What a bunch of wimps we are.
Teenagers are running around the valley terrorizing each other with guns, and one Palo Verde High School student is dead for no good reason, yet nary a word is uttered about where kids are getting these guns or whether we're doing the right things to prevent kids from getting them.
What's the problem? My take is we're afraid of the National Rifle Association. We're terrified that if we ask questions or make suggestions, we'll be painted as -- God forbid -- liberals. Or wimps. Or communists.
It's a bunch of hooey, but it seems the gun lobby has intimidated us into bed-wetting submission.
Please understand, I'm not really being critical of the NRA's aggressive posture. On the contrary, its leaders have done an incredible job of lobbying for the free flow of guns across the nation. That's what the organization's membership pays them to do, and they do a fine job of it.
My criticism is reserved for those Las Vegans who don't think it's such a great thing for teenagers to carry handguns in their backpacks, and who think it might be a good idea to explore constructive ways to reduce the scourge of gun violence in our community.
Some of those very people, by the way, are undoubtedly dues-paying NRA members. You have to believe the overwhelming majority of NRA members don't think teenagers should be using handguns to exact revenge for some perceived slight at school.
But nobody's talking about guns.
Yet, to borrow an apt saying, guns are the elephant in the room. In the wake of the Palo Verde homicide and other recent school-related shootings, we've heard school district leaders and police officials plead for better parenting, which is appropriate, but they haven't said a word about guns.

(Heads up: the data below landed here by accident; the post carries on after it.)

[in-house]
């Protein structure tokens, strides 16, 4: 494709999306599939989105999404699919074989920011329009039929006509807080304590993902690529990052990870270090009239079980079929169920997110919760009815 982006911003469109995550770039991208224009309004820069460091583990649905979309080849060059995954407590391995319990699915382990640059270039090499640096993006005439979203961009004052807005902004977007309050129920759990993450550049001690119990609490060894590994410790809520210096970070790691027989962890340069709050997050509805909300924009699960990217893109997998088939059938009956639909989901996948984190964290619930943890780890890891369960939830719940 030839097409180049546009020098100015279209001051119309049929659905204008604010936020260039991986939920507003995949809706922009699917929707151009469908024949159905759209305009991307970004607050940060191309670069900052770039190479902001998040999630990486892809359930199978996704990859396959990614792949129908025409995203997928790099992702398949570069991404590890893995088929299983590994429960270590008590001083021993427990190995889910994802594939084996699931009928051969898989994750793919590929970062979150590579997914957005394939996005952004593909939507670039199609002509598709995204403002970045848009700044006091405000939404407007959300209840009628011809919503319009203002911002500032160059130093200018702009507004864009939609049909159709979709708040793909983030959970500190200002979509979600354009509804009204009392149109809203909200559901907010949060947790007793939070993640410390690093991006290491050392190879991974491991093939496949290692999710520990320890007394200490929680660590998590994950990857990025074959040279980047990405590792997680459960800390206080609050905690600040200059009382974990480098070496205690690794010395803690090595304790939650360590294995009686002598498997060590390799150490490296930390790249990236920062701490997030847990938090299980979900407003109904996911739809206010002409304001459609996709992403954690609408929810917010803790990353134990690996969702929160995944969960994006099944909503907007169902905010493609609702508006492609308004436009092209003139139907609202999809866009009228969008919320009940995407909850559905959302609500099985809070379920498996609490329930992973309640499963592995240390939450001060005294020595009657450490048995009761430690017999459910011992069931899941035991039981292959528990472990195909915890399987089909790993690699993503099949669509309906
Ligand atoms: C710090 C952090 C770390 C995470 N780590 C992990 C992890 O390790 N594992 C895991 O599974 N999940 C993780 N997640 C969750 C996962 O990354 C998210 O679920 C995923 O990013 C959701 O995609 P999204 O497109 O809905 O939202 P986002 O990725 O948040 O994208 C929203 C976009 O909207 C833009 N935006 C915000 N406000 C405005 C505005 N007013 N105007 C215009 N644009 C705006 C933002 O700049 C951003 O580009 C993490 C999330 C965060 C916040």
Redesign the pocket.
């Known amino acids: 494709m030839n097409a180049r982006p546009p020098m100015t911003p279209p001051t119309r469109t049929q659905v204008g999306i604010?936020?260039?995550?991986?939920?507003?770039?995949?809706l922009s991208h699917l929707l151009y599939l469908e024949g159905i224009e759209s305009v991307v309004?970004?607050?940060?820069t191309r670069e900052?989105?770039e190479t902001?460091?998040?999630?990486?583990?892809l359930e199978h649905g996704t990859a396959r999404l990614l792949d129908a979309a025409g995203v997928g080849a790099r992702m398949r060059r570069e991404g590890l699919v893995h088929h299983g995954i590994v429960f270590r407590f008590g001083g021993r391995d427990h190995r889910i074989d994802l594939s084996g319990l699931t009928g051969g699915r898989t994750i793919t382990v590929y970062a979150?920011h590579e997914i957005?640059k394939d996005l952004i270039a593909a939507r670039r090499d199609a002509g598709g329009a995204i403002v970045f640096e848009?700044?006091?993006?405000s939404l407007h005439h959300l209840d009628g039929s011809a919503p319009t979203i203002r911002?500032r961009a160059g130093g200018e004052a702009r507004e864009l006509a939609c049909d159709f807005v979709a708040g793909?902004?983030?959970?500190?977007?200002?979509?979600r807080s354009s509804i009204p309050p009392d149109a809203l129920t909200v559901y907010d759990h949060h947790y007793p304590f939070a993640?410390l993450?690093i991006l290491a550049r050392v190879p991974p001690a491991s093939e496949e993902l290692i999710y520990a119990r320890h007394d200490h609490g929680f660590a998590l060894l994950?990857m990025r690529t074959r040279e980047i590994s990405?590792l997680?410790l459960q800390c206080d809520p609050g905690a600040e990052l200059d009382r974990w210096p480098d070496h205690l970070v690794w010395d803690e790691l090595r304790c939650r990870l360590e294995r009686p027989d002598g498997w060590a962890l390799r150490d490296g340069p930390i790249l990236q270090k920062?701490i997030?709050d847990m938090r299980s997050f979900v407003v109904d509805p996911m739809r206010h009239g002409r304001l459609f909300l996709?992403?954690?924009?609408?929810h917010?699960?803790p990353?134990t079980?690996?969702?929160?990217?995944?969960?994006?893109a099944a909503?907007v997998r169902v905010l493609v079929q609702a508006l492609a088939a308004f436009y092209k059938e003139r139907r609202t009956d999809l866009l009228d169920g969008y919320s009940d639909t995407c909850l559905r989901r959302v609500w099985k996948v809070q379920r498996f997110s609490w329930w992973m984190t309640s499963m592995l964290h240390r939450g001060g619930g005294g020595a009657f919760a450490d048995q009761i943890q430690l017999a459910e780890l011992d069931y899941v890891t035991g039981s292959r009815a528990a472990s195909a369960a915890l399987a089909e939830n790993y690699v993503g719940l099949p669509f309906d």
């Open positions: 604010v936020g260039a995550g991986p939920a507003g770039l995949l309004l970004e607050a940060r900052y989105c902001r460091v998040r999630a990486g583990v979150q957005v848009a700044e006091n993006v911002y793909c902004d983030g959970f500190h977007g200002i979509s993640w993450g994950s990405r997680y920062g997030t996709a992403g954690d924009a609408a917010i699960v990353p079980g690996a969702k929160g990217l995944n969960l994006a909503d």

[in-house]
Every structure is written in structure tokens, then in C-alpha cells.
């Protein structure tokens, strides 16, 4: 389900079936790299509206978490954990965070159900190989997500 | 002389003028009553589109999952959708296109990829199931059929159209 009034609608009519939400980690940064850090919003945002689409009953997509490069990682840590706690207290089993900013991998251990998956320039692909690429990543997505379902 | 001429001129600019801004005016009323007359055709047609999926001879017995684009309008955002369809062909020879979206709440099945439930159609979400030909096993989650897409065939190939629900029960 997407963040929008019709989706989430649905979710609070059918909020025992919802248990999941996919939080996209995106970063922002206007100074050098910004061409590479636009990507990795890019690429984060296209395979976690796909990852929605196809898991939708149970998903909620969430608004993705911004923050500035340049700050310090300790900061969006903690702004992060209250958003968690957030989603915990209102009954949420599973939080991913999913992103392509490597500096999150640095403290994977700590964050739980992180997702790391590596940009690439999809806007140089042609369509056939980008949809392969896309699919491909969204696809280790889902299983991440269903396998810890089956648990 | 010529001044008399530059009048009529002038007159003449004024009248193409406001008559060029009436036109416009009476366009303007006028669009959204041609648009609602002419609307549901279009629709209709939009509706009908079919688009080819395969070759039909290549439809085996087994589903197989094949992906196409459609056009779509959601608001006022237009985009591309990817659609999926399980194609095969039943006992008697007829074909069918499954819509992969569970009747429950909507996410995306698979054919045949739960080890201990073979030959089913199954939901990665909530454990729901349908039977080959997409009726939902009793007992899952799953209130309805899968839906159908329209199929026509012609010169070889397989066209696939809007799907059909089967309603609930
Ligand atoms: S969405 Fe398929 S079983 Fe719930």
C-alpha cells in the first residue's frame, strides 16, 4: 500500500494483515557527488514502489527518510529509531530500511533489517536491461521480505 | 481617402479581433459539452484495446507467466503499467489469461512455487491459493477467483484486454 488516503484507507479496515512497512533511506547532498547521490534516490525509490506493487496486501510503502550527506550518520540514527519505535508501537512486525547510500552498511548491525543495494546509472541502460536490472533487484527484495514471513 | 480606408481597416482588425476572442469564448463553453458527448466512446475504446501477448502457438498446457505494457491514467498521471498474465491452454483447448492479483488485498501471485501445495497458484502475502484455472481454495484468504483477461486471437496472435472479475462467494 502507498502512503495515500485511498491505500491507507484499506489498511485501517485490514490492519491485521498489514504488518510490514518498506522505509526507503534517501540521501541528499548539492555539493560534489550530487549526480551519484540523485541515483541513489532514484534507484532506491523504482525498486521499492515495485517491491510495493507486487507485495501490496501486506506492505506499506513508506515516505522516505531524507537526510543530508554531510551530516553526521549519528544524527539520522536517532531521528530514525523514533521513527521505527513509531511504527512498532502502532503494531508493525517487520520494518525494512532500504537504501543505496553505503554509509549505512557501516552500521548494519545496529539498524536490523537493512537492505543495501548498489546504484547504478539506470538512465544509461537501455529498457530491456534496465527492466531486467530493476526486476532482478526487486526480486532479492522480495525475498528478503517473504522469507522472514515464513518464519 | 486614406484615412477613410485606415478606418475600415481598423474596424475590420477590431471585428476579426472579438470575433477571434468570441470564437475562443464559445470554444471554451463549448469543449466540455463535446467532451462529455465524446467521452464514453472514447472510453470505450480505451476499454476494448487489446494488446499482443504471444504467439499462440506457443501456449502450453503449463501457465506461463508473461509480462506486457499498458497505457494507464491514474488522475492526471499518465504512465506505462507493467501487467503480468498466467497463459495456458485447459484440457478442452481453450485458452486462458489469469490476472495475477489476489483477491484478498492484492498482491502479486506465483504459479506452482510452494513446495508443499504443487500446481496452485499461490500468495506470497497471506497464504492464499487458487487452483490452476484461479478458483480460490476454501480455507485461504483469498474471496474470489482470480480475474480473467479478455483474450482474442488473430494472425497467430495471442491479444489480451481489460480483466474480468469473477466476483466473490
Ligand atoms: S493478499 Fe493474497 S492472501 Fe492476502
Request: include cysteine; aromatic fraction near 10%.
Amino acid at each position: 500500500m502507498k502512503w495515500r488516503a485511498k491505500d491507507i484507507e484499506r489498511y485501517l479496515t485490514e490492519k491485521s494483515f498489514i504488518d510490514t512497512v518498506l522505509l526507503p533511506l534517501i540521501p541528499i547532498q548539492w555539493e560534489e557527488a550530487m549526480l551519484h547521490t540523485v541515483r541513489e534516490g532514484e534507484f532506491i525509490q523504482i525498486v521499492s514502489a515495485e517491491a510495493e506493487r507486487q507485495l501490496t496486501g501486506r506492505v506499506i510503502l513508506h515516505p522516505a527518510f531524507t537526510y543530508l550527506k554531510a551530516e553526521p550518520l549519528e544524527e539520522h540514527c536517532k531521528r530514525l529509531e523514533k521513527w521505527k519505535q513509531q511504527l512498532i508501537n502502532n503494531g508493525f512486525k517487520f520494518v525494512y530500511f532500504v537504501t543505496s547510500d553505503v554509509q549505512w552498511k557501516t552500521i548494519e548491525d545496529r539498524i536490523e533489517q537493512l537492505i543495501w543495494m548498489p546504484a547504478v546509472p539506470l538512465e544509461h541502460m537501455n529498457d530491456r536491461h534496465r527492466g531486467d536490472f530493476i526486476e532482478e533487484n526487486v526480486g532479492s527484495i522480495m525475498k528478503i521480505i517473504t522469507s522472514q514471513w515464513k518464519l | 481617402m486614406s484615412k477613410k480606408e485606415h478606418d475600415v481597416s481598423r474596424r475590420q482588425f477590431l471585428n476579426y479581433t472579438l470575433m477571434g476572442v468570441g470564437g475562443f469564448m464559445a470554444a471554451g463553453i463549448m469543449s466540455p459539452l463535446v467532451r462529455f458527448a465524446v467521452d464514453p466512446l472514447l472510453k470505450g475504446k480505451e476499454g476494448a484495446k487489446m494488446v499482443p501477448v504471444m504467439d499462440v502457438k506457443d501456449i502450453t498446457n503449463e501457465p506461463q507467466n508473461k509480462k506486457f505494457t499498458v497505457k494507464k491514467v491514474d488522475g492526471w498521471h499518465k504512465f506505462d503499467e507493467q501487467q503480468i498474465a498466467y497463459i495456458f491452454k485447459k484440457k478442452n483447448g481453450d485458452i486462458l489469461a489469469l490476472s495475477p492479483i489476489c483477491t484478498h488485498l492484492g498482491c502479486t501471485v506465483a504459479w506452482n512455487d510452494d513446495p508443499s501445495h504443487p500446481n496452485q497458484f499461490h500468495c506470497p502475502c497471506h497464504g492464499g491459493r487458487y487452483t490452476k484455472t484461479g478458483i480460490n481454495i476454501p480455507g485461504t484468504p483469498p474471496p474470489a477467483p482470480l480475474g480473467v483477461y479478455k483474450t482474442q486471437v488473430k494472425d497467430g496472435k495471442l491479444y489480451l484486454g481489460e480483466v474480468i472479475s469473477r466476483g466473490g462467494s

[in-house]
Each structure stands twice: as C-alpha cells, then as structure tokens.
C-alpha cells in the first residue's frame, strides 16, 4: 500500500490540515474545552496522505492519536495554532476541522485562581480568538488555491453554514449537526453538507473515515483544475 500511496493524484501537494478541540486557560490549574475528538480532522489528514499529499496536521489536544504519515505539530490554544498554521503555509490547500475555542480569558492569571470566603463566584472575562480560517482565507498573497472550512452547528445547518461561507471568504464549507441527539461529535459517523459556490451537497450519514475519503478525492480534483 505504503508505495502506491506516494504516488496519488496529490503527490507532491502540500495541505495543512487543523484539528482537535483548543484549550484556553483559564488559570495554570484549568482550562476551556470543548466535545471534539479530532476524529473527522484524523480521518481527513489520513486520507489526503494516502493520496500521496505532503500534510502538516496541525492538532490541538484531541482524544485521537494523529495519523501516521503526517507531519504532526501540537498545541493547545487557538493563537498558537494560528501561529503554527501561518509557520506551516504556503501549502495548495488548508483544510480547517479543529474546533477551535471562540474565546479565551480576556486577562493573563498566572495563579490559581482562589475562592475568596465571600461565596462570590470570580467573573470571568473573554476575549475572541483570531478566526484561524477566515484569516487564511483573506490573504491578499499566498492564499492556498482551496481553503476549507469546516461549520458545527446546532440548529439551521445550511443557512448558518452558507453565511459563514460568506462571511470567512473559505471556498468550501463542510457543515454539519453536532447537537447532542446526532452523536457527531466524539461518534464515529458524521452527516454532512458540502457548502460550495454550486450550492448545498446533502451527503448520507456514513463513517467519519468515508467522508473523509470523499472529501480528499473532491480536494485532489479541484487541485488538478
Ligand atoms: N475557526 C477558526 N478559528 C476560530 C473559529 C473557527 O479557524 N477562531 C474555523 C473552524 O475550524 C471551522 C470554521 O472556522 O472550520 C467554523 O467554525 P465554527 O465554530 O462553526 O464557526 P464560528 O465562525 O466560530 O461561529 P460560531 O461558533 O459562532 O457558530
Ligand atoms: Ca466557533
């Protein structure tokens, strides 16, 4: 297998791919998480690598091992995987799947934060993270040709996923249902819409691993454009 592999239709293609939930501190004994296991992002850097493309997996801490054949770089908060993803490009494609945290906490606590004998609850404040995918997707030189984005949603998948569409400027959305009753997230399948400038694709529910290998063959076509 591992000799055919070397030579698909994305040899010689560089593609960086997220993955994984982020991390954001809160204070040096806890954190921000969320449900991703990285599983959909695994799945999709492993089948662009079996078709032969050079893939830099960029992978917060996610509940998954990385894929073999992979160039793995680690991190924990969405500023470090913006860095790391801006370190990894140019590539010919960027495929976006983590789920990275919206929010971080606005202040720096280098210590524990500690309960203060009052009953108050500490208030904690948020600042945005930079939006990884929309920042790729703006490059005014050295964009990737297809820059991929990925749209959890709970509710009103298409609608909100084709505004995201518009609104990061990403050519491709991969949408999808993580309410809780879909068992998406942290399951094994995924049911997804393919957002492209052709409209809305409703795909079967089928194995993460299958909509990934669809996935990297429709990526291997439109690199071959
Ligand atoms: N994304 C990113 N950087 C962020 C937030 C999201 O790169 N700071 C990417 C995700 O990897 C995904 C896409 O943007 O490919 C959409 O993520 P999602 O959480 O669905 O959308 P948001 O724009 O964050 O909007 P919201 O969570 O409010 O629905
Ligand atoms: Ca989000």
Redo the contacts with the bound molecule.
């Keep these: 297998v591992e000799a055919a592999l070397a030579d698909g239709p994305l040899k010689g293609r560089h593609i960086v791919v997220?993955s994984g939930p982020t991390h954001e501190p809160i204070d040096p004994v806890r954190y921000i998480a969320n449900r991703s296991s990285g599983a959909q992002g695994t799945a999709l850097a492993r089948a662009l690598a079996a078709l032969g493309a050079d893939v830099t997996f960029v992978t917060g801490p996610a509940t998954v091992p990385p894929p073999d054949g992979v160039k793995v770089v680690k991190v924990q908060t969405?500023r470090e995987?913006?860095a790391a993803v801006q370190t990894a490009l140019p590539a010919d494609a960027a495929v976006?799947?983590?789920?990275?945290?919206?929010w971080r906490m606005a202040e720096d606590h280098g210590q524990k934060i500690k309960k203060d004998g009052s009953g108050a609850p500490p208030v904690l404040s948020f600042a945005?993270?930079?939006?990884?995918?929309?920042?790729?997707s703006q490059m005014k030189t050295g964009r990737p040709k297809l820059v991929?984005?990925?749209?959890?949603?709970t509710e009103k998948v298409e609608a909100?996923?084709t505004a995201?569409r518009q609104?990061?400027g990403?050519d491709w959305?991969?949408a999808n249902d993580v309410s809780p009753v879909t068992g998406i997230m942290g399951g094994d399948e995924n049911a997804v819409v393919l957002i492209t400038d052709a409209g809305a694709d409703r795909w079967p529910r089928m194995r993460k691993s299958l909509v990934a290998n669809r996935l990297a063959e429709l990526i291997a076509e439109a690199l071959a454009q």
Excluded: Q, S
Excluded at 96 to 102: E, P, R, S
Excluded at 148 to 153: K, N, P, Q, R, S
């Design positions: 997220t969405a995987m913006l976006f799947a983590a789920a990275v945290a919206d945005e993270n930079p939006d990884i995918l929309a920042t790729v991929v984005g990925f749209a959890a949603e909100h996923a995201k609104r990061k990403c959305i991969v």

Apparently it's a taboo subject.
It's taboo because the NRA has effectively spread the message that any sort of regulation or enforcement of guns is tantamount to taking them away from law-abiding Americans. This is a rhetorical leap of logic and patently untrue. Citizens are permitted to own registered firearms in every state in the union (the one exception being a vigorously challenged handgun ban in Washington, D.C.), and that's not likely to change.
A range of laws has been passed in many states attempting to address gun violence without taking registered firearms away from responsible citizens. Have these laws been effective? Results vary.
We all know that dedicated bad guys can figure out how to get guns if they really want them. There seems to be a constantly replenished underground stockpile of unregistered weapons that bad guys have no trouble tapping into.
But in the bigger picture, statistics make a compelling case that sensible gun regulation and aggressive enforcement measures can deter or prevent mentally ill or violently inclined people from getting guns and using them. About 1.4 million people have been denied access to guns because of background checks required since enactment of the Brady Law in 1994.